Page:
The Grand-Prize Poems:
First – Justin Campbell, Grade 11
The Locked Box
peace is a locked box, with the key thrown away
without it, our minds, our hearts left astray.
we must find it together, not on our own
connected together, the map will be shown
this map is your heart, your soul and emotion
stay focused and calm, and keep your devotion
soon it will be found, once you becomes we
stay true and hold strong, my friend, you will see
no more of this violence, these shadows, this shame
don’t point a finger—we are all to acknowledge the blame
once we have found it, together, as one
we will be a family, as bright as the sun
hold the key high, hand and hand
to find the box empty, nothing but sand
confusion arises but soon fades away
and then it’s established, and together we’ll stay
peace was found on the journey to discover the key
we have omitted the me and have discovered the we.
Second – Caleb Parkhouse, Grade 3
Peace is a leaf
Gliding through the sky,
As the birds sing a song
In the forest trees.
Peace is the wind,
Blowing in my face.
I take a deep breath,
And my body fills with joy.
Peace is a sunny day.
When a dark day comes and then the sun shines on
by Eva van Loon
History’s most terrible incident of war, the atomic bombing of Hiroshima and Nagasaki, happened over sixty years ago. The survivors, as they near the ends of their lives, caution us never to forget, and to teach our children to remember. Thus it seems especially poignant to receive in one of this year’s peace-poem-competition packets a translation of a poem by a Japanese international student in Grade 11 at Brooks School, Megumi Oketani:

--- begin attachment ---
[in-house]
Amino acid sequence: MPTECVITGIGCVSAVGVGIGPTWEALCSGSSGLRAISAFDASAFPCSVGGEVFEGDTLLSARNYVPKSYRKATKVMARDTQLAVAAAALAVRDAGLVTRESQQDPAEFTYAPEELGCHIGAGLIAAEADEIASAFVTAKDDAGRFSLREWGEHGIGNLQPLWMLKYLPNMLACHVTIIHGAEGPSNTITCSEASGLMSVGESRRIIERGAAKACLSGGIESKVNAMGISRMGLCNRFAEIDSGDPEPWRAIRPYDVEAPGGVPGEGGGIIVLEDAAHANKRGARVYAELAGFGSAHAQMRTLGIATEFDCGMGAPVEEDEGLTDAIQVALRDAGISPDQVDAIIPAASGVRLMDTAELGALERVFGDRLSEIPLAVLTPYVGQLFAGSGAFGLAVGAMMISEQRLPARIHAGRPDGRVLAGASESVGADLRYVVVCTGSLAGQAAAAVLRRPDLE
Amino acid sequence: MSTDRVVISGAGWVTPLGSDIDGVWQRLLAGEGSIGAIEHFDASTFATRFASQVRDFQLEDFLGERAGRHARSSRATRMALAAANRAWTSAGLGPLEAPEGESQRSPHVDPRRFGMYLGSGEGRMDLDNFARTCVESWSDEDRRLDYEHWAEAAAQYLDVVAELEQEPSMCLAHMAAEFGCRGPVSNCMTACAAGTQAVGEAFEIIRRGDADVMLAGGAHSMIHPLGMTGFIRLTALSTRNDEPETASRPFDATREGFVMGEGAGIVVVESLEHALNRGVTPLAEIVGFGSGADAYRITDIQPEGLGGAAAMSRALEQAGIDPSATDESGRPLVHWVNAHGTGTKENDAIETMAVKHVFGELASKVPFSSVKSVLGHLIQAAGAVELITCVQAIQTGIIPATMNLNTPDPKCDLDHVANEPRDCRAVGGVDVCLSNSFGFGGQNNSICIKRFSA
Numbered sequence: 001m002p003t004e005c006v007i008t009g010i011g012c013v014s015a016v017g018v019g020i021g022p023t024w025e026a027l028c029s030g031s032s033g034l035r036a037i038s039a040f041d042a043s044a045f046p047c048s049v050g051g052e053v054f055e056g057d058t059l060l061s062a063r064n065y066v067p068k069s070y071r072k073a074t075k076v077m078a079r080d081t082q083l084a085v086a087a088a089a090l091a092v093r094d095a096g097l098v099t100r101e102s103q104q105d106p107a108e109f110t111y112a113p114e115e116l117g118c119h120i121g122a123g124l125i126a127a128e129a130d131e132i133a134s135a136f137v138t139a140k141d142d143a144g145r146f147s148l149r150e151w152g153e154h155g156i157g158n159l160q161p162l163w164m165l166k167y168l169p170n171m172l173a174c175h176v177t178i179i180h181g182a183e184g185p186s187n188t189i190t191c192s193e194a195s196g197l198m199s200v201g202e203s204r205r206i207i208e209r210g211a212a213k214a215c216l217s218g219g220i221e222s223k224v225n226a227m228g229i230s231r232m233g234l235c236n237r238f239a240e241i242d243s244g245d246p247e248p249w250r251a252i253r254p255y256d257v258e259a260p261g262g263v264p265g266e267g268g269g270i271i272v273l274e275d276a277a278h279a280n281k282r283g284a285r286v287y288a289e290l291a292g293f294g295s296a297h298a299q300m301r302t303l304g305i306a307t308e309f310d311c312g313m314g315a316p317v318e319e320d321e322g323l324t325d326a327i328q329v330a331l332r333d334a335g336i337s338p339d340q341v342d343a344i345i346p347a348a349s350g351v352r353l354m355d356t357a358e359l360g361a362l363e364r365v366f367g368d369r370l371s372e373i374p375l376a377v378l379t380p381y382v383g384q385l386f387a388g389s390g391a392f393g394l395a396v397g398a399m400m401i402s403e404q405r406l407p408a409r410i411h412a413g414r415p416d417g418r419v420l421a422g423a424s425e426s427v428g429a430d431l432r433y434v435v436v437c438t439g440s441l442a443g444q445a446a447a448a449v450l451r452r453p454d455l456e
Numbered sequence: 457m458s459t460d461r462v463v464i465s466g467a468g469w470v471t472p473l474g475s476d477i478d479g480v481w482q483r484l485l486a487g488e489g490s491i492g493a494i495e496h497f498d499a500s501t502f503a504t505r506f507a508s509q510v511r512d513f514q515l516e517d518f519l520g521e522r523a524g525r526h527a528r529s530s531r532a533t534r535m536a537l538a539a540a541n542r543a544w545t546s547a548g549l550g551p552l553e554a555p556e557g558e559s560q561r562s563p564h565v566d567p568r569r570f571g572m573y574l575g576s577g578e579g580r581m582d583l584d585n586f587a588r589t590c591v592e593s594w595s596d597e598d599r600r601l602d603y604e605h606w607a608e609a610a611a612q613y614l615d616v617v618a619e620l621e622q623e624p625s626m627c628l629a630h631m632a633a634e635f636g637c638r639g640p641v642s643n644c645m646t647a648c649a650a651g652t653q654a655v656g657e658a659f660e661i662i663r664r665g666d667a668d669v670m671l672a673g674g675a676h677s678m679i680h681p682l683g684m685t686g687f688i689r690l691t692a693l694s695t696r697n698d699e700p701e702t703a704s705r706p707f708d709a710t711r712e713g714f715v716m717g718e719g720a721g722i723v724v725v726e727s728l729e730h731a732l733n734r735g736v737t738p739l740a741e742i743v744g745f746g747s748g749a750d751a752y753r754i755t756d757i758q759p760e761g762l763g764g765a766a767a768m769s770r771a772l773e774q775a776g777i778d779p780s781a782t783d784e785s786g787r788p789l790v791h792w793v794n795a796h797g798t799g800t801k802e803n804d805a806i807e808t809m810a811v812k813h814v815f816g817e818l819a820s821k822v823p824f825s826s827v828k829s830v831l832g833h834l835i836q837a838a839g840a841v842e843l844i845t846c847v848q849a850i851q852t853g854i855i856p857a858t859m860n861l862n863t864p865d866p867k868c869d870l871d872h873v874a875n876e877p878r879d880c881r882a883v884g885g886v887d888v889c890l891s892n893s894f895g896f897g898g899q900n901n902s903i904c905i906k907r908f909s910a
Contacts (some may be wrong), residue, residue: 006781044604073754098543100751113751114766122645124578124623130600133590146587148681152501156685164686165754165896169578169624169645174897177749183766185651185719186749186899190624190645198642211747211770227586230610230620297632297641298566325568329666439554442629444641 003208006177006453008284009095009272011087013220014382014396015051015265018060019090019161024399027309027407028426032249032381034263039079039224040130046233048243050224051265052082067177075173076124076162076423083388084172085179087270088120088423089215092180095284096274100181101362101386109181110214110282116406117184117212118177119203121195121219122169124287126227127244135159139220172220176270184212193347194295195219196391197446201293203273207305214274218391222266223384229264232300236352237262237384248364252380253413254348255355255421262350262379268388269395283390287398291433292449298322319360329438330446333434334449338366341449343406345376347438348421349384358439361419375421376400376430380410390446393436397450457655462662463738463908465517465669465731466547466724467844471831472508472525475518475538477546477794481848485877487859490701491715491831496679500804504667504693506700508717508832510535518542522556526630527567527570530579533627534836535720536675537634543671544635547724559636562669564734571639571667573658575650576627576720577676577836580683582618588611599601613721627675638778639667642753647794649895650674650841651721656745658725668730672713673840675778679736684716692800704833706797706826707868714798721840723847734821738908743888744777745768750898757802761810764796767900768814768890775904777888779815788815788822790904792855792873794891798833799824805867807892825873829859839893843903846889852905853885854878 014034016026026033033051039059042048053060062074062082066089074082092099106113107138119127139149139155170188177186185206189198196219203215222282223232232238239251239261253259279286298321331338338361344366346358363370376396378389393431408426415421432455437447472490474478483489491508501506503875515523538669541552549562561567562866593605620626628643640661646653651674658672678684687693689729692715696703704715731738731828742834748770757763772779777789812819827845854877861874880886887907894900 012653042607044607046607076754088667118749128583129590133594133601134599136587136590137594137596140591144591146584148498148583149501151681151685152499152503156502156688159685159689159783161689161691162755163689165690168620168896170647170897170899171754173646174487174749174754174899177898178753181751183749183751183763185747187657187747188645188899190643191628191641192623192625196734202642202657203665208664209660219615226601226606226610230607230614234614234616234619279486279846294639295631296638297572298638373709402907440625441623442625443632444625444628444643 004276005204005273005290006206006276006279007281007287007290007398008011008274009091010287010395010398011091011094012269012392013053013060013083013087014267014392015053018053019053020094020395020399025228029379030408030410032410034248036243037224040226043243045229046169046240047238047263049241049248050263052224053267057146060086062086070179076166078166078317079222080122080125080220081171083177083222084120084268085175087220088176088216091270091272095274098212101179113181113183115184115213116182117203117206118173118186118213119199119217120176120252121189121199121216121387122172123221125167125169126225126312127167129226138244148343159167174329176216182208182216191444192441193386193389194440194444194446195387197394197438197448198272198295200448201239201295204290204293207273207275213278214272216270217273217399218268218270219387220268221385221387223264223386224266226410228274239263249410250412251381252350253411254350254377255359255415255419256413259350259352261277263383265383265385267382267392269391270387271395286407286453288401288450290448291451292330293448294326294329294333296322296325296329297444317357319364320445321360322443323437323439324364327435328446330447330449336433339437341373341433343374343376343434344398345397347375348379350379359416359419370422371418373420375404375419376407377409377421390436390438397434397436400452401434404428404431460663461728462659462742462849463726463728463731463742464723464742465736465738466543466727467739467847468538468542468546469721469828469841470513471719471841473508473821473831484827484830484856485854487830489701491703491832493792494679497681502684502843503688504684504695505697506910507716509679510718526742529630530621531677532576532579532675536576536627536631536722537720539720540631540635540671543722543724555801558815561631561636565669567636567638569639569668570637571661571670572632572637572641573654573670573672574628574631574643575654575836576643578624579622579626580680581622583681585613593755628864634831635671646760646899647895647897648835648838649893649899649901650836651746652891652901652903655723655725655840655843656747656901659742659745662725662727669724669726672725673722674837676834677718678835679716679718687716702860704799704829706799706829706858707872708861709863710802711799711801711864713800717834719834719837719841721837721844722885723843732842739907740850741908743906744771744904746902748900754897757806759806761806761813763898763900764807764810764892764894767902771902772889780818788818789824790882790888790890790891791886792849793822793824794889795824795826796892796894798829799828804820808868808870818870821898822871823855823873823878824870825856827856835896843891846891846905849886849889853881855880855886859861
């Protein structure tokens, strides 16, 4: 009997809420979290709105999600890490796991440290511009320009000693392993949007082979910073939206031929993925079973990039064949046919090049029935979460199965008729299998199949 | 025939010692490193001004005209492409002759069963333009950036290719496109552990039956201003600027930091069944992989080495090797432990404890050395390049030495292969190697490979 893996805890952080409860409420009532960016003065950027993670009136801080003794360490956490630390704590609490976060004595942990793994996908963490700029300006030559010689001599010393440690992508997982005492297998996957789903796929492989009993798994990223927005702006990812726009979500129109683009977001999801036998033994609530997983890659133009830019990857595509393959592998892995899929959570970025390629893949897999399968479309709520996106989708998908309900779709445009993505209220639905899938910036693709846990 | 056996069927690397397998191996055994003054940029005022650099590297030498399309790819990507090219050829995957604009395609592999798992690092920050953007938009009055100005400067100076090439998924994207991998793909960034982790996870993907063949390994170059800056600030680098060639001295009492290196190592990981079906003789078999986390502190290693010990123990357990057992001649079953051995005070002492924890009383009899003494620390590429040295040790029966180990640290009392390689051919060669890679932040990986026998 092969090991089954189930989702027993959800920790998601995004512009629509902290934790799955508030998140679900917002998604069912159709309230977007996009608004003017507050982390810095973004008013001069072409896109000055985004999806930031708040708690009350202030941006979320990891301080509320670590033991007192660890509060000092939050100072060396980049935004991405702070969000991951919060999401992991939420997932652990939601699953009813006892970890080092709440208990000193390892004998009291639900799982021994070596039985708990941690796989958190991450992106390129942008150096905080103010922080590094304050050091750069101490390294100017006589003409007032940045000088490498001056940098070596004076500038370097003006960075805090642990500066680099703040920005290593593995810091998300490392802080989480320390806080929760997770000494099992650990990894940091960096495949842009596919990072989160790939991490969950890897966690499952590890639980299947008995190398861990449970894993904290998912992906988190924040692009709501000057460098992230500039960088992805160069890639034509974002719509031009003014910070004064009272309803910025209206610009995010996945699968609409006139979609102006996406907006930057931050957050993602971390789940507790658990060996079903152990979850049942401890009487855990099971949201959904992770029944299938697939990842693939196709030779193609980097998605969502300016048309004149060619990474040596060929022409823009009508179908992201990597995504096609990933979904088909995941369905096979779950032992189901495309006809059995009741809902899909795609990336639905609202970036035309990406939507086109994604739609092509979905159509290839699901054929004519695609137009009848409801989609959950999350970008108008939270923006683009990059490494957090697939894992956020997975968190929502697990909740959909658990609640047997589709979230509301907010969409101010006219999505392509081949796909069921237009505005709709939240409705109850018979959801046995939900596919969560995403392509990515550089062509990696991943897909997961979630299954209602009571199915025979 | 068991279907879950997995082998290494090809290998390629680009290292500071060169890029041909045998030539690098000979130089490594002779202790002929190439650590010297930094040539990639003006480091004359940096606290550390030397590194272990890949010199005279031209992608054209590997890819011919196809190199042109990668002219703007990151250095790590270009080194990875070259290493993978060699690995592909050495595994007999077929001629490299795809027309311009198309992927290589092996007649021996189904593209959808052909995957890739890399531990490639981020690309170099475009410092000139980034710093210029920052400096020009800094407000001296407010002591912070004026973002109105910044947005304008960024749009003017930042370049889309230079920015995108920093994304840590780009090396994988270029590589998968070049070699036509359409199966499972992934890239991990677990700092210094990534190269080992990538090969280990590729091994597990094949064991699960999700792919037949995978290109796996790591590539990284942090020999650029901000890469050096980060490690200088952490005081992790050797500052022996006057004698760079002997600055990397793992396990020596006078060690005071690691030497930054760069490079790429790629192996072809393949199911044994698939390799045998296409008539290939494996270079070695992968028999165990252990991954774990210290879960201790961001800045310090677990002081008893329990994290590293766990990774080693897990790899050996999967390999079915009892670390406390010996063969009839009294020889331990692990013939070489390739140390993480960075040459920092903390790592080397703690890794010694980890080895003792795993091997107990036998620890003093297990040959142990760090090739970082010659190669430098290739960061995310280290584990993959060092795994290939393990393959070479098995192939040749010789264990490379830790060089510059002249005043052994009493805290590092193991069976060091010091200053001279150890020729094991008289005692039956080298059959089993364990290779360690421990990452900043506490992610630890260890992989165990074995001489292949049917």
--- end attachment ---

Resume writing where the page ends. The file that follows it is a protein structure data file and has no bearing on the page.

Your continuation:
“Haywa” is peace in Japanese
We swore peace after atomic bombs were released
Our future is babies
We smile more after the fighting ceased
Open a window in my mind
Your love will always bring a smile to my face
People’s happiness comes around like the wind
Under the same sky, joy will not be erased
Our minds must stay as open as the sky
Above Earth’s troubles, we should remain
Do not let the darkness fill our eyes
We cannot be consumed with pain
Our mother is the Earth
We are held as babies in their mothers’ arms
It is warm like a hearth
Even during a disturbance, stay calm
Hopefully, I can attain my good feeling
To bring peace in this world, we will be at ease
Unconsciously, we always seek healing
Yes, for Haywa and peace
There is much wisdom in Megumi’s words: reverence for the planet that bears us like a mother, the refusal to be overwhelmed by pain, sorrow or revenge, the focus on smiling, on children, on healing. Like Megumi, many of our young poets seem to have recovered the lost key to that “locked box” of peace. The anthology is dedicated to them, and to their future. For Haywa, and for peace.